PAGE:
Additionally, North Carolina is one of a handful of states where “ag-gag” laws restrict the ability of workers, including agricultural workers, to document abuses they face on the job. These laws allow employers to sue employees for who gather such information, regardless of what the employee does with the information. This gives employers the dangerous ability to silence whistleblowers who might otherwise report abuses against people, animals, or the environment.

DFFN broached these labor issues by asking candidates whether they were committed to providing a living wage for workers in North Carolina, where the minimum wage is currently $7.25 per hour. Huge cheers erupted when we heard support for the Fight for $15 from Mike Woodard (Democratic candidate for NC Senate, District 22), Floyd McKissick (Democratic candidate for NC Senate, District 20), Danielle Adams, and Charles Meeker (Democrat candidate for NC Commissioner of Labor).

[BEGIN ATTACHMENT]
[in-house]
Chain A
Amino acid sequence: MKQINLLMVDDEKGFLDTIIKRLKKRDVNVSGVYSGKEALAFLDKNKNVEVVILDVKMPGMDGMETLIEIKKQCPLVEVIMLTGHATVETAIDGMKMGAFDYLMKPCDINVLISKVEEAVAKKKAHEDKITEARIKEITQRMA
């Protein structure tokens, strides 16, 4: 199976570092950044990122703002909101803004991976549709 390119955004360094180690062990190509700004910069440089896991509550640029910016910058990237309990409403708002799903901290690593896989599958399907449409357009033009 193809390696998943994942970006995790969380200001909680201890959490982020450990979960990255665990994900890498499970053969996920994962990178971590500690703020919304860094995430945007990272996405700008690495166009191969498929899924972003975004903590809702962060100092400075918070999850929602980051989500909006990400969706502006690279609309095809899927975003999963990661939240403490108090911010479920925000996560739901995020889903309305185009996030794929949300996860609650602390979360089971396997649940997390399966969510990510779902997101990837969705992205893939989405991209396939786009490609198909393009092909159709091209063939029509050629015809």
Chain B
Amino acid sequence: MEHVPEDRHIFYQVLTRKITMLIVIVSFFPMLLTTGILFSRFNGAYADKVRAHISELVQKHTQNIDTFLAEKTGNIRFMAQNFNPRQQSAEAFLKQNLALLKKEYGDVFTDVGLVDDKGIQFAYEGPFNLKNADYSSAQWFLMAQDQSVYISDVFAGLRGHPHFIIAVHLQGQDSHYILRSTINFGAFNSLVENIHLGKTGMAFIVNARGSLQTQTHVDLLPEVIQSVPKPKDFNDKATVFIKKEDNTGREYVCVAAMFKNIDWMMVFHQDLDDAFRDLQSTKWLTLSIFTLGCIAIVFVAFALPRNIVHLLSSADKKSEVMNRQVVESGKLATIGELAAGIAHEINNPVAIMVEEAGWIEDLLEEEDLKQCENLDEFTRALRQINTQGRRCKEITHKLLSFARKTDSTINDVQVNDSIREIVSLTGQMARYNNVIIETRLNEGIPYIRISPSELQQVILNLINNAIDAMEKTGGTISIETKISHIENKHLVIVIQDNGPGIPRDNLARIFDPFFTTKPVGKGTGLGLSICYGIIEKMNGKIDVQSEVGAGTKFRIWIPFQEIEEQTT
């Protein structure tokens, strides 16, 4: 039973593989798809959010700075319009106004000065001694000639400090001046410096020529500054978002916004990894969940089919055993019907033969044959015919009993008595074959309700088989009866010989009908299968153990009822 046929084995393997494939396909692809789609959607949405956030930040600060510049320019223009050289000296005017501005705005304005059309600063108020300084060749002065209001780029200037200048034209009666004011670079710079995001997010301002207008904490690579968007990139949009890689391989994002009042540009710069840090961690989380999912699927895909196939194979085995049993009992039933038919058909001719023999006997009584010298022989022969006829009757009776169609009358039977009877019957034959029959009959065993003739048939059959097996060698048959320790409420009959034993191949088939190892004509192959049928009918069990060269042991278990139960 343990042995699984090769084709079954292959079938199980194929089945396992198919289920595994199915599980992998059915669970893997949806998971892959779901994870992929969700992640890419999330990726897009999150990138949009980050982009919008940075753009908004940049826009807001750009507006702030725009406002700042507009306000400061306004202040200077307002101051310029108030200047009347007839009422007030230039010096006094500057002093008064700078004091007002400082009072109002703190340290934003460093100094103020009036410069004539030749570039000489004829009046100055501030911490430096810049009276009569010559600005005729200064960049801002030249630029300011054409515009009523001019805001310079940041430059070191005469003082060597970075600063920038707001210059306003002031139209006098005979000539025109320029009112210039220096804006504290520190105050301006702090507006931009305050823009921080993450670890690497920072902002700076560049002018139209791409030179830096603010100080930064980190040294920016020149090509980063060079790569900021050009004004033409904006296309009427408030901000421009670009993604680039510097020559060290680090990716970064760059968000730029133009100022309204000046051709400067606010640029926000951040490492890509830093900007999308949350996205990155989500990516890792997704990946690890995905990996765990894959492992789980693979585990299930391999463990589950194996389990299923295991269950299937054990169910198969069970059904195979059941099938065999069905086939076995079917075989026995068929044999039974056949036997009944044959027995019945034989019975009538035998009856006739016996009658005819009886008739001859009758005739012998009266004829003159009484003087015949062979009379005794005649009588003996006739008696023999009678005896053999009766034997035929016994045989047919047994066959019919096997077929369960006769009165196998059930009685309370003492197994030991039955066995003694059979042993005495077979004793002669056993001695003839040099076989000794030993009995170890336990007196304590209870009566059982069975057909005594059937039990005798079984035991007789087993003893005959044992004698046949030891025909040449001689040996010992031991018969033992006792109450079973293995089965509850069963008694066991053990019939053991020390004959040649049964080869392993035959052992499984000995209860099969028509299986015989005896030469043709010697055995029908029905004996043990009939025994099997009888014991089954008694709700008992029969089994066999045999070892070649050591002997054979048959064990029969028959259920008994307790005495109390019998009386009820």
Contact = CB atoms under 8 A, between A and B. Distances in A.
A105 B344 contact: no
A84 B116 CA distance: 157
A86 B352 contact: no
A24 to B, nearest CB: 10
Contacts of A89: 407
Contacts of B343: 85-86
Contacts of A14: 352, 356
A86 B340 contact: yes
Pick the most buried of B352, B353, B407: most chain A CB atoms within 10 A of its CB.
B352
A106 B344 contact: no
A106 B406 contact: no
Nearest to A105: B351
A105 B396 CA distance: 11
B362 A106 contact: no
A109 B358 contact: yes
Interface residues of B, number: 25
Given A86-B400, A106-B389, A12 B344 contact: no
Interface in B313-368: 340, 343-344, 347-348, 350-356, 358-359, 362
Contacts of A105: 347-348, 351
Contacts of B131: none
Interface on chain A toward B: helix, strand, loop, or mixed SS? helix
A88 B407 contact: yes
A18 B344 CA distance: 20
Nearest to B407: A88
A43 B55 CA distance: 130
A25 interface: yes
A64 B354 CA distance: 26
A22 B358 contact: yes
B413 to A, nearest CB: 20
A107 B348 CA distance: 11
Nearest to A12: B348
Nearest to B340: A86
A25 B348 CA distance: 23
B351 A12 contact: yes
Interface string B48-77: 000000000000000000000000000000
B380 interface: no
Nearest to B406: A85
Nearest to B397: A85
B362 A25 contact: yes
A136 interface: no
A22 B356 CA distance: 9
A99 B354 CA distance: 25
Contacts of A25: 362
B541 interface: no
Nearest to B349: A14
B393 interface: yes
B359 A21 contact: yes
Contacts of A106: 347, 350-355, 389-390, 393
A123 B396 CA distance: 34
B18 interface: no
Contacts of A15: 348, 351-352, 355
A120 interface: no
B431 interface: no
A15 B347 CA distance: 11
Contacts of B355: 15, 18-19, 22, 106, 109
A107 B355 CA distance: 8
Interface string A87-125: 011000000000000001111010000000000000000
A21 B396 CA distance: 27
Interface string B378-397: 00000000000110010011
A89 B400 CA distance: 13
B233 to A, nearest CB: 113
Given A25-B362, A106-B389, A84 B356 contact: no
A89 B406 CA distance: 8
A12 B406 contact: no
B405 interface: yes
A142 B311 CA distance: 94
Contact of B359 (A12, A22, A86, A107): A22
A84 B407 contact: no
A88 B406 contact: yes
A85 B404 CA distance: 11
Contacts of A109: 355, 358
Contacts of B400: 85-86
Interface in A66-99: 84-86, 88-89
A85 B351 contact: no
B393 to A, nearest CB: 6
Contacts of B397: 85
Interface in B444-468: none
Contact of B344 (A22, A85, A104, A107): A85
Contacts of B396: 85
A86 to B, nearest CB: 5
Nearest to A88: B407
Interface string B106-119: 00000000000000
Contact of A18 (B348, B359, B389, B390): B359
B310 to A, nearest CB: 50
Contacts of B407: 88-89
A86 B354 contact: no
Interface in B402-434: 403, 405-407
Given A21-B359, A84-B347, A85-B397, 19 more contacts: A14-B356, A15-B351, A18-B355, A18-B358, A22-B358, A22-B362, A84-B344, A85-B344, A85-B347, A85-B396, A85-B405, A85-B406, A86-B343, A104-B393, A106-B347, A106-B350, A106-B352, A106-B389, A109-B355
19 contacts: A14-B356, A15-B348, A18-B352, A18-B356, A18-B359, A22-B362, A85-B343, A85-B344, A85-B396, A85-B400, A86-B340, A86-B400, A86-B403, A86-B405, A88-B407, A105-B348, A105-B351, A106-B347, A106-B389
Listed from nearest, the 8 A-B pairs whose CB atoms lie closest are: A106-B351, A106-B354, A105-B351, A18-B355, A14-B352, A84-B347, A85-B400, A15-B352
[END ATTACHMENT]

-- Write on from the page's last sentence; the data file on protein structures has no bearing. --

One of the most contentious races on Nov. 8 – that you should most definitely care about – will be between incumbent Republican friendly-face-in-the-elevator Cherie Berry and progressive Democratic challenger Charles Meeker. Meeker has promised to be tougher on businesses who mistreat their workers and to fight for a $15 minimum wage. This is especially important for farmworkers in North Carolina, where despite agriculture being the largest sector in our state’s economy, farmwork is among the lowest-paid and highest-risk jobs. Fighting for farmworker rights is also a step towards fighting the injustices committed against immigrants, since half of the 2 to 3 million farmworkers in the US are undocumented immigrants. Raising the minimum wage would also raise up the workers at Duke who provide our food. While the university has committed to a $13 minimum wage, the administration has not fully met the demand for a $15 minimum wage from Duke Students and Workers in Solidarity. If we elect officials who will make the Fight for $15 a centerpiece of their policymaking, this will put more pressure on Duke to provide a living wage for its employees.

4. Will Durham put its money where its mouth is?